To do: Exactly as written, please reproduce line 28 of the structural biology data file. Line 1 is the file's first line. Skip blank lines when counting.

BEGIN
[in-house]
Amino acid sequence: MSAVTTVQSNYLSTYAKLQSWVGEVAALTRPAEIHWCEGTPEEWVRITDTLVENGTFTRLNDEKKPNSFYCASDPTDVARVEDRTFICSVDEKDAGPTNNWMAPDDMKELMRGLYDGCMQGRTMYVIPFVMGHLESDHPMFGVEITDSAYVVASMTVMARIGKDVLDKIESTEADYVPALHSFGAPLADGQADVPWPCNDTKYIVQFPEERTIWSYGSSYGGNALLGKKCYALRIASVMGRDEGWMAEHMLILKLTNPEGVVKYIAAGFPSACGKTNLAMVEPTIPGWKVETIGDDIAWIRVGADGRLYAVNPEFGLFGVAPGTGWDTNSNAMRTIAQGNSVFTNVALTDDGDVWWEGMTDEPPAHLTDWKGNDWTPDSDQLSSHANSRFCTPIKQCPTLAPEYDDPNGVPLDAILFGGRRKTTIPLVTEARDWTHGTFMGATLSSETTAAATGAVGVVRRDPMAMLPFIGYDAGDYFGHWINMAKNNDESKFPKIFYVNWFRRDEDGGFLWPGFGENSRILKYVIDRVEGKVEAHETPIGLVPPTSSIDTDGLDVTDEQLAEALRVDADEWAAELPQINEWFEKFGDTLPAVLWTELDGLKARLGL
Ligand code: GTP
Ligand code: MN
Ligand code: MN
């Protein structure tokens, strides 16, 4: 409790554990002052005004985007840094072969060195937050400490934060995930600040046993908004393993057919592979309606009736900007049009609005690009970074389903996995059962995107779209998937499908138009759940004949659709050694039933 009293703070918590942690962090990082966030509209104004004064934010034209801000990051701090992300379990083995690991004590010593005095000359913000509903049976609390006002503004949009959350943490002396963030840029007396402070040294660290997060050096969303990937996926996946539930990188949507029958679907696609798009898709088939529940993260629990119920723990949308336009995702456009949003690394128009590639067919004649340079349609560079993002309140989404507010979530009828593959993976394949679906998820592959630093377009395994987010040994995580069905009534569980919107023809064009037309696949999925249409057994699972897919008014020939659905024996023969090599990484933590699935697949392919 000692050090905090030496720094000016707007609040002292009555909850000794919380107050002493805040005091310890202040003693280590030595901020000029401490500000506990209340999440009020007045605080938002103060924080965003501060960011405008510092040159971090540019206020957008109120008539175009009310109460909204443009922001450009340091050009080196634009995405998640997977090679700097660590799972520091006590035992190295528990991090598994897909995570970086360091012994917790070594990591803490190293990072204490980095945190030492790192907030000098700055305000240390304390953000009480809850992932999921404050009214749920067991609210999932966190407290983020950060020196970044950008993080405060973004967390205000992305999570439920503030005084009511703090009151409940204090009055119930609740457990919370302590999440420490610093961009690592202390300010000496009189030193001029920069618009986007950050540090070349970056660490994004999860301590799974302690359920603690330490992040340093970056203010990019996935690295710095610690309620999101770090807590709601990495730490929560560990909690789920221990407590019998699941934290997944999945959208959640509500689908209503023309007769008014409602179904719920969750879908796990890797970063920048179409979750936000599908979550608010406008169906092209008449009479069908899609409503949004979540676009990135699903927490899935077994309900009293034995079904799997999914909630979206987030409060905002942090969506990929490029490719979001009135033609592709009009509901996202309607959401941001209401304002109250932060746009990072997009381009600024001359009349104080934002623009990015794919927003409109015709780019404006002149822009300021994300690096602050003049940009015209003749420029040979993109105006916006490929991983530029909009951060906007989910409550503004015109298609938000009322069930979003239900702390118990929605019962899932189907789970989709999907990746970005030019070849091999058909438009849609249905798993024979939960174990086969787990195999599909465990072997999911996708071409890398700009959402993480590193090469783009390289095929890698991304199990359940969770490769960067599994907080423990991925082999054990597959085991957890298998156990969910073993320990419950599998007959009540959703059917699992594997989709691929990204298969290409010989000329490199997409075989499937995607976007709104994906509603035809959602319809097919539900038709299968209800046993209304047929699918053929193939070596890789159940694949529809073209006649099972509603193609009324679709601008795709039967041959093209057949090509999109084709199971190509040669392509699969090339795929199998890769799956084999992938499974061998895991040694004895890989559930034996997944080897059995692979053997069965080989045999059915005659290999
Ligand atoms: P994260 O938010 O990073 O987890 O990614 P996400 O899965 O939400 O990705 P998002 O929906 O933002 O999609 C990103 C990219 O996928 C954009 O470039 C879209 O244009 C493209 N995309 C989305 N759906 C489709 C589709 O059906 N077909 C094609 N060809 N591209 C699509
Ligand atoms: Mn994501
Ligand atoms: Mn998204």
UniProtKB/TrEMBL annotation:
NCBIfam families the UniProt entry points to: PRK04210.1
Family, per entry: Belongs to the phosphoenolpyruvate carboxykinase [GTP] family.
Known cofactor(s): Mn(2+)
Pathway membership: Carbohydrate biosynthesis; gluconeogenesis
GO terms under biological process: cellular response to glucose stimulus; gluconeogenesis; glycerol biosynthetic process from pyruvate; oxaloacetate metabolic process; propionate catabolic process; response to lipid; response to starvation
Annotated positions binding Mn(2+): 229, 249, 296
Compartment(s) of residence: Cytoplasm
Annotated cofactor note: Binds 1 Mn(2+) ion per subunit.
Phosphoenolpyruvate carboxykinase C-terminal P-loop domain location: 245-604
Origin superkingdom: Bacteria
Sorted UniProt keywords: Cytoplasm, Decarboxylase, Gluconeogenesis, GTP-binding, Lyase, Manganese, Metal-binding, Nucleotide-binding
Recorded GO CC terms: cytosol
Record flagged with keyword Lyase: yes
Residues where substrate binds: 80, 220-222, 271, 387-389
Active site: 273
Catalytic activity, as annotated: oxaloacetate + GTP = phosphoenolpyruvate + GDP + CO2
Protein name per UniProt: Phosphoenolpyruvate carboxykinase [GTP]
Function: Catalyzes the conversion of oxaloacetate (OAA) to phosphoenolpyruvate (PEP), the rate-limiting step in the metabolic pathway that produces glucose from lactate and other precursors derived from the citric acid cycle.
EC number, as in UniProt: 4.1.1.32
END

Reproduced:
Function: Catalyzes the conversion of oxaloacetate (OAA) to phosphoenolpyruvate (PEP), the rate-limiting step in the metabolic pathway that produces glucose from lactate and other precursors derived from the citric acid cycle.